DUBLIN (Reuters) - A decision by European leaders to look at improving the terms of Ireland’s bank rescue is a key step towards Dublin returning to the bond markets, the International Monetary Fund (IMF), one of Ireland’s troika of lenders, said on Wednesday.
Ireland is hoping to significantly improve its debt profile and ease the path back to financial markets through the talks precipitated by an agreement at last month’s European Union summit to examine Dublin’s expensive bank bailout.
The IMF, who monitor Ireland’s 85 billion euro ($104.25 billion) bailout program along with the European Commission and European Central Bank (ECB), said the talks were a key move towards a durable bond market return that would avoid continuing dependence on official funding.
“I would be amiss if I didn’t take particular note of the June 29 (summit) statement which in our view offers a welcome path forward to help improve Ireland’s economic prospects in the future,” IMF European deputy director Ajai Chopra told a news conference at the conclusion of a mission in Dublin.
“What’s encouraging is there seems to be a new political mandate to make meaningful progress in this area,” he added.
Ireland returned to short-term debt markets earlier this month for the first time since before its bailout in November 2010, but most analysts see some easing of the manner in which 64 billion euros was pumped into its banks as crucial to any sustainable resumption of long-term borrowing.
Together with officials in Dublin, Ireland’s troika are working on a set of technical proposals to present to European finance ministers in September which Chopra said needed to improve Ireland’s debt sustainability and its prospects to regain market access.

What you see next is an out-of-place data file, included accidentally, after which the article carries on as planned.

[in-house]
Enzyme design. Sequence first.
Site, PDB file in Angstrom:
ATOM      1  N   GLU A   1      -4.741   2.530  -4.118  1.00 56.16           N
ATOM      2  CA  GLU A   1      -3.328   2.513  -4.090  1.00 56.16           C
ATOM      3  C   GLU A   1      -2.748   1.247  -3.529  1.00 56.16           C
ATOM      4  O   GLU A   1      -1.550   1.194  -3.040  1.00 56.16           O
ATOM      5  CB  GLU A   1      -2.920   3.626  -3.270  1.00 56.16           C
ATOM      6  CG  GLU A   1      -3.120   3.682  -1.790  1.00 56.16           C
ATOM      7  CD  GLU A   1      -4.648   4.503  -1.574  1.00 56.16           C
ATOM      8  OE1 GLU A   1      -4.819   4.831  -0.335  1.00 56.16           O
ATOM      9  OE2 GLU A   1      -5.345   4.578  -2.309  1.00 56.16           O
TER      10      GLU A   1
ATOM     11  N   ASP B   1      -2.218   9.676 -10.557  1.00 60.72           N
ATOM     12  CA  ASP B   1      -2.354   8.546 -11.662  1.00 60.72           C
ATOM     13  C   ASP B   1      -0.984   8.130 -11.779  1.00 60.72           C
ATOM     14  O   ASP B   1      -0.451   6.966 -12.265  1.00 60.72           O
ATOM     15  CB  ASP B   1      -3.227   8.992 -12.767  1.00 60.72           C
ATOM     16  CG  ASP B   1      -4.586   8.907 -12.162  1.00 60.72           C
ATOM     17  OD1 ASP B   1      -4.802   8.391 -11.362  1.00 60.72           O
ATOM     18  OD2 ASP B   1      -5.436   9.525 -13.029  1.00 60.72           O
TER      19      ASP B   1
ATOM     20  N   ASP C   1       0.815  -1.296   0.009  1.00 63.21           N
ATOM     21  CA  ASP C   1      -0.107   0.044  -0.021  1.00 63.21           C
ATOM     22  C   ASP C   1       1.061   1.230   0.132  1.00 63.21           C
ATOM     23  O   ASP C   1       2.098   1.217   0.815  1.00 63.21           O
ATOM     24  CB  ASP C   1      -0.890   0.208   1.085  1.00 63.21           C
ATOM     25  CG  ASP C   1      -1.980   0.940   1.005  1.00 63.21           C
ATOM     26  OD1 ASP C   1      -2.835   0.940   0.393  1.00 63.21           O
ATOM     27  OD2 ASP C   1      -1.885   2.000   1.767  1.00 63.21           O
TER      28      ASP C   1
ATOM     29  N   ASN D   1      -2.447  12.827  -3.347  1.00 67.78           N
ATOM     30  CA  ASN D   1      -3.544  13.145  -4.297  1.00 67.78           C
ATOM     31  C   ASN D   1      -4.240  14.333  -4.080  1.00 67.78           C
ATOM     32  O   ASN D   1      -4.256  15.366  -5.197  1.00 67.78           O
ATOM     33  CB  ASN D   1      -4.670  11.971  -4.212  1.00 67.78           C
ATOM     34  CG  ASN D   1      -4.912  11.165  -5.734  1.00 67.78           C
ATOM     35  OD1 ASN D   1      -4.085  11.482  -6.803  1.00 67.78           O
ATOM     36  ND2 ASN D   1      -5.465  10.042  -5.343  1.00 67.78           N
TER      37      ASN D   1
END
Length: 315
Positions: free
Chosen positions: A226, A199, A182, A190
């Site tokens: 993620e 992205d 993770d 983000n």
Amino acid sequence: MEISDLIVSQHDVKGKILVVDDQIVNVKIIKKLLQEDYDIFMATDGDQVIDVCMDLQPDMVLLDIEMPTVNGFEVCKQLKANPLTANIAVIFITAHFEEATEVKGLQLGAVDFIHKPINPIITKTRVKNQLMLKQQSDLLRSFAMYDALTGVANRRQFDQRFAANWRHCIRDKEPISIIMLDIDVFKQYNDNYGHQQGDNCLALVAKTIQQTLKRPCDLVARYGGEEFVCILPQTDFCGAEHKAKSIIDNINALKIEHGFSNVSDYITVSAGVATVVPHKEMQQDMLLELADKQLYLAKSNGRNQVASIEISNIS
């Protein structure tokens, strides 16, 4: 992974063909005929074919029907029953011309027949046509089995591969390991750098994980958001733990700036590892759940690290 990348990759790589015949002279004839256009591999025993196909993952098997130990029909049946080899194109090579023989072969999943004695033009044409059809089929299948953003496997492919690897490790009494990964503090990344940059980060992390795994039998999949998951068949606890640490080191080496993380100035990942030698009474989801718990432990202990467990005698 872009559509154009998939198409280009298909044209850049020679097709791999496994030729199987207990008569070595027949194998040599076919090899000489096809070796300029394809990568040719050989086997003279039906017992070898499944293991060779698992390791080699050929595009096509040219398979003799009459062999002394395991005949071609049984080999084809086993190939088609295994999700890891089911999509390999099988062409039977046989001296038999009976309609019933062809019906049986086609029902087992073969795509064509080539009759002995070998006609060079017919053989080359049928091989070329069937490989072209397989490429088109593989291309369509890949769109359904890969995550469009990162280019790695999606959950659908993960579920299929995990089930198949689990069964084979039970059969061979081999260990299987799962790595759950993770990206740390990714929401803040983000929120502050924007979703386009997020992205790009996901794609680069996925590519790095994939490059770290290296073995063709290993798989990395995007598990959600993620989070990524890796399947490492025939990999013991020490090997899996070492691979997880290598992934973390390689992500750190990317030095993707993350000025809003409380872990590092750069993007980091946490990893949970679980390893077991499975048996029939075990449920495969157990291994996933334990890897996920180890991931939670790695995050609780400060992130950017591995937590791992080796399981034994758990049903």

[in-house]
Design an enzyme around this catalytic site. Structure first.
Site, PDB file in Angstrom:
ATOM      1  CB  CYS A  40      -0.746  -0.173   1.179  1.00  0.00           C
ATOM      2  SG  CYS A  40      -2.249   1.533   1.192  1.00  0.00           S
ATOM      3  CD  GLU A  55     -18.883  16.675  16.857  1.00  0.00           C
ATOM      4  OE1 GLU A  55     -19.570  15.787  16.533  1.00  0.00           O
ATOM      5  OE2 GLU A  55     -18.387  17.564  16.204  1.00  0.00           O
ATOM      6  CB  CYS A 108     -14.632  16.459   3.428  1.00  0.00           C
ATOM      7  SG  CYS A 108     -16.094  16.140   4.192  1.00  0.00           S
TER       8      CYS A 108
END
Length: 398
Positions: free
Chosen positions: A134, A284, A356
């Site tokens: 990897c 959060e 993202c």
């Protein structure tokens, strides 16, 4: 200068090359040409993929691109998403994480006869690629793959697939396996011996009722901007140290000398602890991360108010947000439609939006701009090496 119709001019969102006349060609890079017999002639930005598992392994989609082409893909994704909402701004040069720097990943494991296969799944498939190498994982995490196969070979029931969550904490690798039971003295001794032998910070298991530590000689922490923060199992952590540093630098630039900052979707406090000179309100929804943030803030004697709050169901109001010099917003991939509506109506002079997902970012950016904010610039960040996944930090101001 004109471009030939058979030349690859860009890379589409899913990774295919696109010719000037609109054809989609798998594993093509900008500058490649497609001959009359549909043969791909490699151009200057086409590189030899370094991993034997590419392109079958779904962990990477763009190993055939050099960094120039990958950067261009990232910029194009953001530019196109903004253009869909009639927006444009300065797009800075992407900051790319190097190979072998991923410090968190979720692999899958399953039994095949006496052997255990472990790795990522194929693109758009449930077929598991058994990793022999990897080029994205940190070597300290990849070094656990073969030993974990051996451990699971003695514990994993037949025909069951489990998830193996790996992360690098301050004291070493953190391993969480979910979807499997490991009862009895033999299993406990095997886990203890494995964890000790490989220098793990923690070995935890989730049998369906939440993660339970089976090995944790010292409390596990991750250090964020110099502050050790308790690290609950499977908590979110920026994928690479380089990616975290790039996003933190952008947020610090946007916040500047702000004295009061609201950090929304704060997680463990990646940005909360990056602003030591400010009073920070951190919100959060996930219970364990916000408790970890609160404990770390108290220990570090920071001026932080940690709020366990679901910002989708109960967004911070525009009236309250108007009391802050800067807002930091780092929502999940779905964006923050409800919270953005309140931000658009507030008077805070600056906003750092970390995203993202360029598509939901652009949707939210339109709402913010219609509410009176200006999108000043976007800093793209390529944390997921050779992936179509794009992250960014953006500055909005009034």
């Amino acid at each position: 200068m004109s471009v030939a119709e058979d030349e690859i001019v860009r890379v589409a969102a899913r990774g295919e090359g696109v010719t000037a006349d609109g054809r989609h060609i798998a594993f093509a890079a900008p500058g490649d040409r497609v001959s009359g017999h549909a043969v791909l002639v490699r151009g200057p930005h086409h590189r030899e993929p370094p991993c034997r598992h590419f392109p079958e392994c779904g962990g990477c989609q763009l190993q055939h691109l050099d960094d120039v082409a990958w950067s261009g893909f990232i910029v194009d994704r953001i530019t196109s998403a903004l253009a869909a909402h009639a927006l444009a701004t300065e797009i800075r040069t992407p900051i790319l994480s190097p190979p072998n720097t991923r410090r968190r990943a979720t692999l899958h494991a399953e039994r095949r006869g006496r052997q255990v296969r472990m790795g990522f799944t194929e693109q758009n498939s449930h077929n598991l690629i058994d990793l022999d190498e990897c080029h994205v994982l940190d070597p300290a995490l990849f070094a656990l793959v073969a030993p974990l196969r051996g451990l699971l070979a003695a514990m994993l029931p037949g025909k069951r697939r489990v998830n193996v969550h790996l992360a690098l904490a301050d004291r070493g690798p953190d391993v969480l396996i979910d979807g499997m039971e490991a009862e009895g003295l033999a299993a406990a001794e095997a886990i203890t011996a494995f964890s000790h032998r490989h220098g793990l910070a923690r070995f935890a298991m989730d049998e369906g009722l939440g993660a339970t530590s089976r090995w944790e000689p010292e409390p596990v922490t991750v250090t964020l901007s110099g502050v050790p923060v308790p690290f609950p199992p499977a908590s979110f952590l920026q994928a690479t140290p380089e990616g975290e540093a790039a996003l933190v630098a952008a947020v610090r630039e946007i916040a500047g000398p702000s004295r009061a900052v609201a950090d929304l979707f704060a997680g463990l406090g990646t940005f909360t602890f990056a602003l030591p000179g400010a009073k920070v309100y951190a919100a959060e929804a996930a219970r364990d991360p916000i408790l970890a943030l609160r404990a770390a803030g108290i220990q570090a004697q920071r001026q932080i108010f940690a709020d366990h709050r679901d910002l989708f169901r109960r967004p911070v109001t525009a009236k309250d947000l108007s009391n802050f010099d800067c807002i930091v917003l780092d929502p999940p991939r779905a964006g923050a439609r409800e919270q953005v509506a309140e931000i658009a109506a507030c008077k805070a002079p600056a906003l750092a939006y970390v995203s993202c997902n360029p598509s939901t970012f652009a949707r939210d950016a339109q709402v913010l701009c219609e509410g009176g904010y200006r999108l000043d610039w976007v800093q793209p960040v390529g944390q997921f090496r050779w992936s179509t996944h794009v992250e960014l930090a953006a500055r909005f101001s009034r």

“We will need to do further work to design the type of approaches that would be suitable for Ireland keeping in mind the equal treatment of countries in similar situations,” Chopra said.
The IMF has long pushed Europe to help ease the burden of Ireland’s banking debt and after remarking on Tuesday that the question of burden sharing with senior bond holders was evolving in Europe, ECB President Mario Draghi said any developments in that area would be reflected in Ireland’s adjustment program.
Noting that much of the senior debt at non-viable Irish banks had already been repaid, Chopra simply said authorities “need to look ahead” when asked if Draghi’s comments would help Ireland’s negotiations on its banks.
After Ireland’s lenders again gave the country a clean bill of health in their latest bailout review last week, the IMF said on Wednesday that Ireland’s efforts remained steadfast but difficult challenges remained in the context of persistent euro are uncertainties.
Data showed last week that the economy unexpectedly shrank by 1.1 percent in the first quarter of the year after growing by a faster-than-predicted rate last year. <ID:L6E8IC5K6>
The IMF suggested in a report earlier on Wednesday that the European Central Bank could play a bigger role in fighting the euro zone sovereign debt crisis through more rate cuts, bond purchases and further liquidity provision.
“There is no question that that task (Ireland’s deficit cutting drive) becomes more difficult if the external environment does not improve and conversely it becomes easier to the extent that the external environment does improve,” Chopra said. ($1 = 0.8154 euros)
Editing by Jon Boyle, Ron Askew